The two teams met in Lafayette in 2003 before a national tv audience and a crowd of over 9000 at the Cajundome. This time it was Patrick Sparks who broke the Cajuns’ hearts with a clutch three point basket that carried WKU to a 69-66 win. That made it five in a row for Felton over the Cajuns.
In 2004 the Cajuns survived 40 points from Anthony Winchester and outgunned the Hilltoppers 110-102. It was the Cajuns’ first win in Bowling Green since they “danced” back in 2000. After the handshakes, the Cajuns again went to mid court. It was “watter bottle night” at Diddle and the fans responding by throwing the bottles at the Cajuns players. But after going down on one knee for a prayer, the Cajuns simply walked to the locker room. The following season, the Cajuns beat Western again, this time in the Cajundome, 91-76 on their way to their second consective championship. That was the night that first-year coach Robert Lee began the tradition of singing the fight song with the students after every Cajuns home win.
Then the Cajuns program slipped and the Toppers won six straight, including a tournament semifinal win in 2006. During that time, the Cajuns and Toppers played at the Dome only once, with Western taking a 69-66 win behind the league’s best player, Courtney Lee.
Between 2001 and 2010, the teams met in the regular season ten times…..with seven of the ten being played at Diddle Arena, a major cause of consternation among Cajun fans.
This year’s game featured two teams that were by no means great. Despite being picked to win the East, WKU came in at 13-13, 7-6 in the Sun Belt. The Cajuns were 11-14, but 8-5 in the Sun Belt. Both teams were playing well. The Cajuns had won eight in a row, the Toppers eight of their last ten. A raucous crowd of over 7000 were in attendance, partly because of the winning streak, partly because of a special promotion and partly because it was Western Kentucky in town.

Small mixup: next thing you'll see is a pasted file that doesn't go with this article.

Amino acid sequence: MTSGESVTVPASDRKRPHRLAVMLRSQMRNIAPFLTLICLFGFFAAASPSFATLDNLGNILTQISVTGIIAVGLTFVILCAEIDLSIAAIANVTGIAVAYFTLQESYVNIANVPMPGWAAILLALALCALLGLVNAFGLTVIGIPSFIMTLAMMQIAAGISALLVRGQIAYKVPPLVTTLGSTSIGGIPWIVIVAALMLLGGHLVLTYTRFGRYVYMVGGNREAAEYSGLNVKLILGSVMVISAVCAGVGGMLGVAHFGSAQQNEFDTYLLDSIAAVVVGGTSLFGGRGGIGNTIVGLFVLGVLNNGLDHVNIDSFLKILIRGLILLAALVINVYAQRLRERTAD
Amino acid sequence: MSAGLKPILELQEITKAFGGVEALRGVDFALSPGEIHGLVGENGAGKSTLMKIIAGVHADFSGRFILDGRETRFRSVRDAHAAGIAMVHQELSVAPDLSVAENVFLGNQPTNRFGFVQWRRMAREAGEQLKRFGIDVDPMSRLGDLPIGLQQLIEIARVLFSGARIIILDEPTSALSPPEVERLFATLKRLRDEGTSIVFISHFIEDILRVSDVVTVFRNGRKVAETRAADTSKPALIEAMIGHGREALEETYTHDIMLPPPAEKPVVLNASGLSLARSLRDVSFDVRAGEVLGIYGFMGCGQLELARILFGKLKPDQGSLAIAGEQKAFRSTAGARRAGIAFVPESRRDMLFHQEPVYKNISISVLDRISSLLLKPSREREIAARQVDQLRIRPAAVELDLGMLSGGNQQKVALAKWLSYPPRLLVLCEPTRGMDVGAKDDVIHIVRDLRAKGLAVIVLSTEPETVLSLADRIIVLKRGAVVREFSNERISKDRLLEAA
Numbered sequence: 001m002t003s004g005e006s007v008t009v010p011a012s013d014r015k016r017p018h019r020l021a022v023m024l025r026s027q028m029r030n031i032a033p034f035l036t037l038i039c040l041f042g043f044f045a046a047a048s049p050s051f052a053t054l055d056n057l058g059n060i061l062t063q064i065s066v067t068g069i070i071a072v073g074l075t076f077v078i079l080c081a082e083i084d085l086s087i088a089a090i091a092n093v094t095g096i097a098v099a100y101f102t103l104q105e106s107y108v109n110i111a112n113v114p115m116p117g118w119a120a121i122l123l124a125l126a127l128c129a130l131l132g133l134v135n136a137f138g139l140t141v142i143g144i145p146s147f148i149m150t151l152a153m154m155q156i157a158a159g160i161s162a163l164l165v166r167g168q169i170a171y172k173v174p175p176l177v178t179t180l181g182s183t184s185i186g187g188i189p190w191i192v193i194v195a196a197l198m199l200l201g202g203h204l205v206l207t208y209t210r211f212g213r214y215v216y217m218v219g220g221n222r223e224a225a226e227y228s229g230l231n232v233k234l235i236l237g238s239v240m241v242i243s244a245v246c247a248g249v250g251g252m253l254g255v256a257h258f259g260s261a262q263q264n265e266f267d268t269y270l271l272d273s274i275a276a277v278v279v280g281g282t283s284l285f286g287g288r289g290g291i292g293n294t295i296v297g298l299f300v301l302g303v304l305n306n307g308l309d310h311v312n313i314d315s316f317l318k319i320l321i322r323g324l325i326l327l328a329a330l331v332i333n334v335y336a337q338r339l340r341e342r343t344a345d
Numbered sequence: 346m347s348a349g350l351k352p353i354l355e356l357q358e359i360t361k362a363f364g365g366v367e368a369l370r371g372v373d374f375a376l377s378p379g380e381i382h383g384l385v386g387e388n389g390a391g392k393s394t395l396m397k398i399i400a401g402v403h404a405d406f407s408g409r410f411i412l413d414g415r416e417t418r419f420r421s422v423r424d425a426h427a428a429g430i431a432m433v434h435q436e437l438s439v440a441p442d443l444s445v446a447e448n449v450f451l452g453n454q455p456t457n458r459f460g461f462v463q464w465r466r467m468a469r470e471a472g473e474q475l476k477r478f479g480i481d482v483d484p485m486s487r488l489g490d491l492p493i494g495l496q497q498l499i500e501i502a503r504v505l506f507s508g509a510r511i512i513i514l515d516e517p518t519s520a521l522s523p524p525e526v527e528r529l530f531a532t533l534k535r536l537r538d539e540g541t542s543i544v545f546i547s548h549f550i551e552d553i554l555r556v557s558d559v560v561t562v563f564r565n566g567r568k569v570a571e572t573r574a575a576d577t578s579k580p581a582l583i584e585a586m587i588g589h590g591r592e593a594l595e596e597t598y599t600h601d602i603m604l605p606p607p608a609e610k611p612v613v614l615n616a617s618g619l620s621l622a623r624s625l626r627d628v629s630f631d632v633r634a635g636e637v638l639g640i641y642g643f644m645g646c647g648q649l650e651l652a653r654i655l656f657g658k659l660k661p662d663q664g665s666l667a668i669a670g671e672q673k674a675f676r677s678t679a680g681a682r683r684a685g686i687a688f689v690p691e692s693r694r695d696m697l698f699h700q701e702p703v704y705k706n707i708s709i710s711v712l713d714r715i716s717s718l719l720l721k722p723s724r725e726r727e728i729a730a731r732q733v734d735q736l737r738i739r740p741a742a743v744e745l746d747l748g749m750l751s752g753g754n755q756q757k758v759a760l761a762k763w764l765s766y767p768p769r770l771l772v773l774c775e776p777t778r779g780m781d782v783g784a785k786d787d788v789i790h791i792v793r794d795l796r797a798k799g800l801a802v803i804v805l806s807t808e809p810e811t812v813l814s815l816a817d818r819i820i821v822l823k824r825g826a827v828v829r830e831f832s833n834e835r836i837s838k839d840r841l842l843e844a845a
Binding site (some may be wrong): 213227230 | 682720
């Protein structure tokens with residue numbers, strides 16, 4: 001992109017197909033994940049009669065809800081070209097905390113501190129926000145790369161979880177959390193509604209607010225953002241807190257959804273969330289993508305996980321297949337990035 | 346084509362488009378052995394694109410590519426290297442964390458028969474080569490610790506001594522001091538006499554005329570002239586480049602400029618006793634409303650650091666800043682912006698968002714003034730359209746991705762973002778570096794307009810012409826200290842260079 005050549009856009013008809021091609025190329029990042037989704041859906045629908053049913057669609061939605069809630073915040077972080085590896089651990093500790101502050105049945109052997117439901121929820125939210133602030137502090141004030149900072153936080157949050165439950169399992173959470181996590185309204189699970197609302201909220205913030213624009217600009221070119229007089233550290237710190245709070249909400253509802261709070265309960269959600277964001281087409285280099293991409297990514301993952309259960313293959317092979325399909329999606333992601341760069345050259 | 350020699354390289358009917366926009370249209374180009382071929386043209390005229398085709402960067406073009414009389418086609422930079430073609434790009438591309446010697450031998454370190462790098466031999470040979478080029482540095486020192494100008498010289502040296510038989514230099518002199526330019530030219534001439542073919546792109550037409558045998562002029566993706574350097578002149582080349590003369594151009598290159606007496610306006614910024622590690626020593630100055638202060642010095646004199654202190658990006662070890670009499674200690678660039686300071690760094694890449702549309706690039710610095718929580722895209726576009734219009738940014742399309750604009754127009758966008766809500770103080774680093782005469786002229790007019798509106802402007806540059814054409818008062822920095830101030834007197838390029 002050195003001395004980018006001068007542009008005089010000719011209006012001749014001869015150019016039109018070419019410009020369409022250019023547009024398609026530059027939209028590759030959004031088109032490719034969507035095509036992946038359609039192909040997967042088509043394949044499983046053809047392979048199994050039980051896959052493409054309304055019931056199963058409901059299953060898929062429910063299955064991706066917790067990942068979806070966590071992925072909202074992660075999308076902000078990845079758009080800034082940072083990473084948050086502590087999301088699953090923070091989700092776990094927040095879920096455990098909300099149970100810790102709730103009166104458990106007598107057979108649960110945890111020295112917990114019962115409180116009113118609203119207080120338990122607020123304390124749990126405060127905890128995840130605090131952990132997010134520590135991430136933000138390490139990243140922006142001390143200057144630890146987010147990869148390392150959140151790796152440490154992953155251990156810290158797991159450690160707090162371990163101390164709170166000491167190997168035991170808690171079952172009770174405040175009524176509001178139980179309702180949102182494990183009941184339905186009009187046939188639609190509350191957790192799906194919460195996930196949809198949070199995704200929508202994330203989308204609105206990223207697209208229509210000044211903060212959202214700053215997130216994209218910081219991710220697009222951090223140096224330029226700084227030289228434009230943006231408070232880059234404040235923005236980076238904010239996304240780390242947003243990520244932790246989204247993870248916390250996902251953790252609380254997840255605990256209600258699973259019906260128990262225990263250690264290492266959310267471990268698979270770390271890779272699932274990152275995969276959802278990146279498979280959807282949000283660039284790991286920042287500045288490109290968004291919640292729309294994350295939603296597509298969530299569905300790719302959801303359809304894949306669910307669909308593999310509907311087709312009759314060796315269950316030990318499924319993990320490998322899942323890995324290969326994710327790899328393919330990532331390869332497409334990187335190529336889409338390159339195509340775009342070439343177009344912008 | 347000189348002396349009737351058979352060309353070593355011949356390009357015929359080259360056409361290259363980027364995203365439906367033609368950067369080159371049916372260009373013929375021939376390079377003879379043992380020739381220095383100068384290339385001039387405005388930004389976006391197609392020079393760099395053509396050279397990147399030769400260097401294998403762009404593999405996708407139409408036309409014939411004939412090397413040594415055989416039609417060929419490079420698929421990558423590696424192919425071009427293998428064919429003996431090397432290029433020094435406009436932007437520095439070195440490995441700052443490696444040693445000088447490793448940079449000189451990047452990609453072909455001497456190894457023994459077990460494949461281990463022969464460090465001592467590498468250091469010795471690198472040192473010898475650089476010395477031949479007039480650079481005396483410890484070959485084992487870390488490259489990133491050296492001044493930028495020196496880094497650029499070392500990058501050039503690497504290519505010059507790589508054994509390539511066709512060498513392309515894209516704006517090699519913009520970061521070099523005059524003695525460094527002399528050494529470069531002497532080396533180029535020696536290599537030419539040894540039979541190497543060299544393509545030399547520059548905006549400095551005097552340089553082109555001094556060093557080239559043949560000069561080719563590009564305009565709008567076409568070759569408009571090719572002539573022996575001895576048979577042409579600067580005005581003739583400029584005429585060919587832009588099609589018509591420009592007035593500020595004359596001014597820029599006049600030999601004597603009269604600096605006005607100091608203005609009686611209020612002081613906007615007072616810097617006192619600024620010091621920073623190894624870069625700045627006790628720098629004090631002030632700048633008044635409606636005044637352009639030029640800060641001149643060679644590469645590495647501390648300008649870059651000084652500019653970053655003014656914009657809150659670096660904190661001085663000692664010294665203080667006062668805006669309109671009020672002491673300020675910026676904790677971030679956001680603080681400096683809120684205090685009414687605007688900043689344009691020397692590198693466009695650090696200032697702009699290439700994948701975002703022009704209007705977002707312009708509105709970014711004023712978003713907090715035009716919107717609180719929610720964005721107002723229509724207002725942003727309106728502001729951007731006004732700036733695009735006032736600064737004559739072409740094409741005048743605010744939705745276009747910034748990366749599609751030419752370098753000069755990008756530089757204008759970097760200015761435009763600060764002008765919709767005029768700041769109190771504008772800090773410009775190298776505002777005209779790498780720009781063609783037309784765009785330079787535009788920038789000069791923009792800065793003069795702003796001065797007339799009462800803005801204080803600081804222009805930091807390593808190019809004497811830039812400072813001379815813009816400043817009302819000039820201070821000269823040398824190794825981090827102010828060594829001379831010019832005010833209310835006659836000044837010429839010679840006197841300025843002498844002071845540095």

After having to play away from home for seven of the last ten years, Cajuns fans wanted to make sure the Toppers actually existed.
The game atmosphere reminded me of some of those past Hilltoppers-Cajuns games when so much was at stake. Both teams played hard. Both coaches coached hard. Topper coaches were incensed when they thought the shot clock should have expired on a Josh Brown basket with four minutes left. They might have a point, but screaming obcentities at the official scorer (who happens to be female) wasn’t exactly the way to handle the situation. Besides, the official scorer doesn’t start the clock.
The Cajuns and their fans, meanwhile, were equally incensed at what they felt were inconsistent calls from one end of the court to the other. They, too, might have a point. Cajuns coach Bob Marlin thought so and received a technical foul for his protests.
At the end of the day, the Cajuns got their ninth straight win. And, at the end, everyone shook hands.
But although these probably aren’t the two best teams in the league, Western Kentucky and Louisiana got after each other. And, there’s a good chance that as each team gets back to playing for championships, both programs will remember Saturday night’s game as the one that kick-started the WKU-UL rivalry back to its rightful place as one of the most intense in the Sun Belt.
We’ll find out more when the two teams play again. That could be in the upcoming Sun Belt tournament. Or the two teams might have to wait until 2011-12 when they play again during the regular season.
At Diddle Arena. In Bowling Green. Again.